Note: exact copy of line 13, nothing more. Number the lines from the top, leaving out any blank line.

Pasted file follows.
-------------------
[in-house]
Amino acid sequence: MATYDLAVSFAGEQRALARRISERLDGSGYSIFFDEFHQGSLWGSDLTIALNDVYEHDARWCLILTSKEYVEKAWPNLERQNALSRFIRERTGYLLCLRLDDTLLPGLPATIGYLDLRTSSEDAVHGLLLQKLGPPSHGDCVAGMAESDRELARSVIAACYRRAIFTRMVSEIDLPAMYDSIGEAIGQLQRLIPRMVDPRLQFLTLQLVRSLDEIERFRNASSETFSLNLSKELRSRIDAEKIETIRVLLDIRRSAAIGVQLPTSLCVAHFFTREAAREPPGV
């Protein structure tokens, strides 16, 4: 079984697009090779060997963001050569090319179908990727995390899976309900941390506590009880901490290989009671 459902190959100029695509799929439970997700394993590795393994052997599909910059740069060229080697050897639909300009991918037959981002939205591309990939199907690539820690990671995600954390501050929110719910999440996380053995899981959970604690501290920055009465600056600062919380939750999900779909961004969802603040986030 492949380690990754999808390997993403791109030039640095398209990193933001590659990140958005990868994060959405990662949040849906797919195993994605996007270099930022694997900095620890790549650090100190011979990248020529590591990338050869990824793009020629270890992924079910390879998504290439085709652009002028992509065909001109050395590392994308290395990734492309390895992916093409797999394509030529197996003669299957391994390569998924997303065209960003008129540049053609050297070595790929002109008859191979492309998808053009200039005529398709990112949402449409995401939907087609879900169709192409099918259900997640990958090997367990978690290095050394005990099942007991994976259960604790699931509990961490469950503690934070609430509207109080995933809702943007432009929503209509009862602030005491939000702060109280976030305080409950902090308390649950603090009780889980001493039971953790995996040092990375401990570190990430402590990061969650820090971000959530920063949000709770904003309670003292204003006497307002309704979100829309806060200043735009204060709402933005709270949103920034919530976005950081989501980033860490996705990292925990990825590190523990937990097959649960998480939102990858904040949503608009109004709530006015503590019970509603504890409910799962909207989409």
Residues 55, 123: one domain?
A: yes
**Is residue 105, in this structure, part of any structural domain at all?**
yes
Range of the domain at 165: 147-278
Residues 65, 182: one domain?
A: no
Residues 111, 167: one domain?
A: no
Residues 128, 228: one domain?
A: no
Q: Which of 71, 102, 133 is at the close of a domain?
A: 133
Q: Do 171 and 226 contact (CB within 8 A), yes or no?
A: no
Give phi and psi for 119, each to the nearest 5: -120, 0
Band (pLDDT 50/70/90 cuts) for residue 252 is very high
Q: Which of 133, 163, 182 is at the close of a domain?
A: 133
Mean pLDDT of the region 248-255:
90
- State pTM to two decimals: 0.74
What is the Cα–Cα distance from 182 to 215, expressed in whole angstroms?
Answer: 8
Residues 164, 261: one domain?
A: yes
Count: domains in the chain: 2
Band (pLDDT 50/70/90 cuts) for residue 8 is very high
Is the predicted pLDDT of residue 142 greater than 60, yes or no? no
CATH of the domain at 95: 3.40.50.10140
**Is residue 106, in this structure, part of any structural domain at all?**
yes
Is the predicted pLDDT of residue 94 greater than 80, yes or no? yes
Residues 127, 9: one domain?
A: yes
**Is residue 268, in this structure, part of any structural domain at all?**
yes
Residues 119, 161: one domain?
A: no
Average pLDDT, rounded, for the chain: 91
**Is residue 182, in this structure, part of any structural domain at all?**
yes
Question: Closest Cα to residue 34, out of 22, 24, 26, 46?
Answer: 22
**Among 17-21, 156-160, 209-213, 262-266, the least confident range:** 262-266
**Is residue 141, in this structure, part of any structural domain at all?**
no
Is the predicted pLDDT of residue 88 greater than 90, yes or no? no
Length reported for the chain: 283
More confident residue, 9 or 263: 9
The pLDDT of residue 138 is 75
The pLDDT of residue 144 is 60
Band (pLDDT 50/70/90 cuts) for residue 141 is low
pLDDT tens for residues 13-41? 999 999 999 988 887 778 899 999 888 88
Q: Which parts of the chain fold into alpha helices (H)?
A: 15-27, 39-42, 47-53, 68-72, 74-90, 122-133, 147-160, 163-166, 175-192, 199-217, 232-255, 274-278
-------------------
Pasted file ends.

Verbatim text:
Residues 128, 228: one domain?